4468 West Belle Place

One of the things I’ve done since starting blogging on St. Louis history in 2013 is to capture the history of old buildings before they are demolished.  St. Louis has some of the oldest housing stock in the United States.  Tragically, many of the buildings are abandoned and neglected.  St. Louis was originally built to house close to a million residents but today the St. Louis’ population is closer to 300,000.

The Lewis Place neighborhood contained some of the most impressive structures in the late 19th Century and early 20th Century.  One of these crumbling structures is in the 4400 block of West Belle Place.


Photo of 4468 West Belle Place in 2006. The small home on the right has already been demolished – Courtesy of Google Earth

4468 West Belle Place was completed in 1892.  The Montgomery family were the first known residents of the home.  Although it is a single family residence, St. Louis family’s often let rooms in such large homes.

Cornelius Payne owned the home in 1909.  Joseph and Linda Barton owned the home in 1911.  Not long afterward, they sold the home to James O’Neil.  While the home was owned by James O’Neil, a terrible tragedy occurred at 4468 West Belle Place.


4468 West Belle Place in February 2017 – Courtesy of Google Earth

James O’Neil’s son Henry met Mrs. Hazel Ritchie in 1914.  Mrs. Ritchie was separate from her husband and their three sons were living with relatives.  Mrs. Ritchie came to St. Louis, where she worked as a housekeeper for Mrs. Wilson at 4925 Parkview Place.

Mrs. Ritchie engaged in a real or perceived romantic relationship with Henry O’Neil for approximately 6 months. The relationship was not progressing in the way she wanted, when she came to the O’Neil home for dinner on January 12, 1915 at 5:30 pm.  After eating dinner, she left a note for Henry O’Neil before consuming carbolic acid.  Henry O’Neil entered the front room as Mrs. Ritchie swallowed the lethal concoction.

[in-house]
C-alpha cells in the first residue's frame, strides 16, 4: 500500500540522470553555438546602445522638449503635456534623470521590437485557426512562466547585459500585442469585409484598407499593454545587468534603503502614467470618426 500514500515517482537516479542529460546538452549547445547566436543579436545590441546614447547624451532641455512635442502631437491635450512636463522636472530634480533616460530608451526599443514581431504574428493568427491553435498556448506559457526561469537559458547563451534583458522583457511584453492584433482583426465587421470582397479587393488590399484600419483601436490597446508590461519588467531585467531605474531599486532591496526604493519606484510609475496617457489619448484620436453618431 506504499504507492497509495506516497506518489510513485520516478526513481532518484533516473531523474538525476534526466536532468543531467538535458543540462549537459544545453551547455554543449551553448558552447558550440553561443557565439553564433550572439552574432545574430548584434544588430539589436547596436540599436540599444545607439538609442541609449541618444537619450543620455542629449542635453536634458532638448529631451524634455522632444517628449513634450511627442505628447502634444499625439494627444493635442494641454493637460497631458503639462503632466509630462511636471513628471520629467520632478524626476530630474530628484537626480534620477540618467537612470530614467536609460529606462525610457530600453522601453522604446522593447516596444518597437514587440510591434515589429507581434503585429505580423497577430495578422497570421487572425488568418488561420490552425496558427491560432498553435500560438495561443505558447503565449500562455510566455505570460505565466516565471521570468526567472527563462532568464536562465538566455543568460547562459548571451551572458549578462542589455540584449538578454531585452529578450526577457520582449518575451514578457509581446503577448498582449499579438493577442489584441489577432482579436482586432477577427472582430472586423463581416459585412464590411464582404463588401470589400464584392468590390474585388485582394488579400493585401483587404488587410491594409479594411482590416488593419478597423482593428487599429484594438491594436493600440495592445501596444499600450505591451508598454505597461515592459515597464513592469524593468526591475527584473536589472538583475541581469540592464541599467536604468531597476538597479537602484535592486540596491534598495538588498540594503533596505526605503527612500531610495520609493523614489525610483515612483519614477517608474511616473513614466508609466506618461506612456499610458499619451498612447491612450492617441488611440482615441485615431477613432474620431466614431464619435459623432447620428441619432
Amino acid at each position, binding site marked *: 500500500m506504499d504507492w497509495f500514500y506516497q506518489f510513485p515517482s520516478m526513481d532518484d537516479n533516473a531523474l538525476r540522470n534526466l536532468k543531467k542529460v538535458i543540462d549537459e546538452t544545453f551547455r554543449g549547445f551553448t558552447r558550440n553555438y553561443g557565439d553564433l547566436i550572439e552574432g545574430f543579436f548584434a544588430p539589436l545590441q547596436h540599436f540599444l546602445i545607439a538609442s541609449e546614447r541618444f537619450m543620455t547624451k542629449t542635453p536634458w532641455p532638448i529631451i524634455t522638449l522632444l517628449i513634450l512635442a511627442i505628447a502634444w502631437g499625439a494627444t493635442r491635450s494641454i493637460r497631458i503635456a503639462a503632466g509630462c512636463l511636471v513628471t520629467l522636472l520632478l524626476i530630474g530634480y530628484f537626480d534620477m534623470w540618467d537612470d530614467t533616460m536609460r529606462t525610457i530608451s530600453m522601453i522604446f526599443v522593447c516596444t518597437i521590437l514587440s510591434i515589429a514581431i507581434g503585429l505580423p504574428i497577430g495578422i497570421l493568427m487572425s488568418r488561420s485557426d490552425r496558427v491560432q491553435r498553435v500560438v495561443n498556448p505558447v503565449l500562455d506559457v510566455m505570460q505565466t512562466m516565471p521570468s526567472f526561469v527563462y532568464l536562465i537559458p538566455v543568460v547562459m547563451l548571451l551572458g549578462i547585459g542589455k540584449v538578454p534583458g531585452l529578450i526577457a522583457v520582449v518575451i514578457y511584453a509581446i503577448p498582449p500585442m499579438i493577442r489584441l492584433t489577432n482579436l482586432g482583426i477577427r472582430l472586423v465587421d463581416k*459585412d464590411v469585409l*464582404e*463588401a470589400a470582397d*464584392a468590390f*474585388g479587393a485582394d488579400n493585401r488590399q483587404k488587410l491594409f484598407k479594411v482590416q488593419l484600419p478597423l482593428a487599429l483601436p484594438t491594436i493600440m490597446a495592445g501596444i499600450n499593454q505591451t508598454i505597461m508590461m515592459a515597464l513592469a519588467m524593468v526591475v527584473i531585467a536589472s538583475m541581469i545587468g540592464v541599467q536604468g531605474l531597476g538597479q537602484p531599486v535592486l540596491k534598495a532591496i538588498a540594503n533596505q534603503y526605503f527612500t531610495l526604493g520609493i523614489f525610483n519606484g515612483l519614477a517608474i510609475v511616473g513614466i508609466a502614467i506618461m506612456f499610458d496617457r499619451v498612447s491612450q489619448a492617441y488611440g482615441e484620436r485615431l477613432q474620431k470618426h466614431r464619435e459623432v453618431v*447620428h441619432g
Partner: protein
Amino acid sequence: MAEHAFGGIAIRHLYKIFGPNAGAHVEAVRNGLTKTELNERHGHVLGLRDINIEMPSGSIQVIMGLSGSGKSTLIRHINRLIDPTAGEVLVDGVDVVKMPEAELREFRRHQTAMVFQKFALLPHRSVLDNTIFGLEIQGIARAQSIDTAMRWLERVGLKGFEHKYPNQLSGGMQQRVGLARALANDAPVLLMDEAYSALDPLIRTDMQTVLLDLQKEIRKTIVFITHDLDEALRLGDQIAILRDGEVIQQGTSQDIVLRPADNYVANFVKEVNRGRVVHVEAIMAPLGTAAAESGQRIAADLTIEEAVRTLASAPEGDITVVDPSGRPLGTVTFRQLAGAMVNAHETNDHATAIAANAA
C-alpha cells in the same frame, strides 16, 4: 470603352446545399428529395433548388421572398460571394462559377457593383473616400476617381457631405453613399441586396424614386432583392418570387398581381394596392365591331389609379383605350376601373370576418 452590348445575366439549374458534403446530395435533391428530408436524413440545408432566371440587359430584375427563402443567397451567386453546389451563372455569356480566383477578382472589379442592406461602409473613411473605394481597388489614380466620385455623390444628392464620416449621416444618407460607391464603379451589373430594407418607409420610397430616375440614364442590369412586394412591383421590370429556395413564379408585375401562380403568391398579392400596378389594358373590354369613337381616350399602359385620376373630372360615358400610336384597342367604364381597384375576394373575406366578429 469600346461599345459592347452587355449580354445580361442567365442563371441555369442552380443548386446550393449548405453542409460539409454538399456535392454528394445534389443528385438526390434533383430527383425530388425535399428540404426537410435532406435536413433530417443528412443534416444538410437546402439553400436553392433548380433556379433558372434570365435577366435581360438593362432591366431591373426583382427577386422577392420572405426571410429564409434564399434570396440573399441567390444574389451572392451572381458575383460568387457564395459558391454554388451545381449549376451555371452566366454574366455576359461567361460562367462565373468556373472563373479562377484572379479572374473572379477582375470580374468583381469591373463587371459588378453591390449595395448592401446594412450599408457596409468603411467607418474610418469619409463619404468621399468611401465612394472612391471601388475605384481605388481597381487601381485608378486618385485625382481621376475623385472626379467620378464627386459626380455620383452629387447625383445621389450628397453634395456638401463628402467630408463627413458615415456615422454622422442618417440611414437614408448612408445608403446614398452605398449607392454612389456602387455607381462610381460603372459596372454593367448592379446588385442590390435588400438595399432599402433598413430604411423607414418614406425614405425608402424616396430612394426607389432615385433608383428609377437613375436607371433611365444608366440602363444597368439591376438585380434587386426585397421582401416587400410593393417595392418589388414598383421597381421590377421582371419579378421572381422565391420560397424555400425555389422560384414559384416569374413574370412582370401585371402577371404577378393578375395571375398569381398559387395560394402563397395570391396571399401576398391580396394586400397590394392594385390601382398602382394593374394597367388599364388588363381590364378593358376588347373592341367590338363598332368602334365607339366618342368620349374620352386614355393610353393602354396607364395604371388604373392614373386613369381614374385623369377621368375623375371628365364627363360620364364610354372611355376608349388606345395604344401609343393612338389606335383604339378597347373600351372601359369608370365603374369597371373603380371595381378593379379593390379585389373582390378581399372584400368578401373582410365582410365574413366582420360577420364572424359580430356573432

Henry O’Neil and his mother summoned medical assistance but Mrs. Ritchie died from the carbolic acid poisoning two hours later.  She left a note for Henry O’Neil telling him he would now be free and she was going to hell for him.  Due to obvious signs of mental illness in the suicide notes, police weren’t sure of the nature of their relationship or if one existed.

Mrs. Ritchie signed the note “Lulu Ritchie”, which confused both Mrs. O’Neil and Henry.  They thought she was 31-year-old Hazel Ritchie.  However, her death certificate states she was 28-year-old Lulu Bell Ritchie.  Mrs. Ritchie was born in Illinois on January 31, 1886.


Photo of the Rear of 4468 West Belle Place in February 2017 – Courtesy of Google Earth

During June 1951, Sgt. Wilson O. McKindra suffered a slight thigh wound fighting in the Korean War.  Sgt. Wilson was the son of William and Anne McKindra, who owned 4468 West Belle Place.

Today, 4468 West Belle Place looks beyond saving and will likely be demolished in the next year or two.  Vacant since 2000, the building was still viable in 2006, when the first picture in this post was taken.  Sometime between 2013 and 2017, the back wall collapsed pretty much dooming the structure.

west-belle-place home

Photo of building in the 4400 block of West Belle Place – Courtesy of Google Earth

This neighboring building shows the potential of these homes.  Built in 1894, it was abandoned for a few years in the 1990s.   Private ownership restored this building to its original vibrance.  What a beautiful and sturdy brick building.  With early intervention, 4468 West Belle Place might also have survived.

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Sources: St. Louis Post-Dispatch: November 24, 1895, p. 27, December 17, 1909, p. 1, September 17, 1911, p. 31, January 13, 1915, p. 3 and June 23, 1951, p. 5.  St. Louis Star-Times: January 13, 1915, p. 1.  Missouri Death Certificate Database

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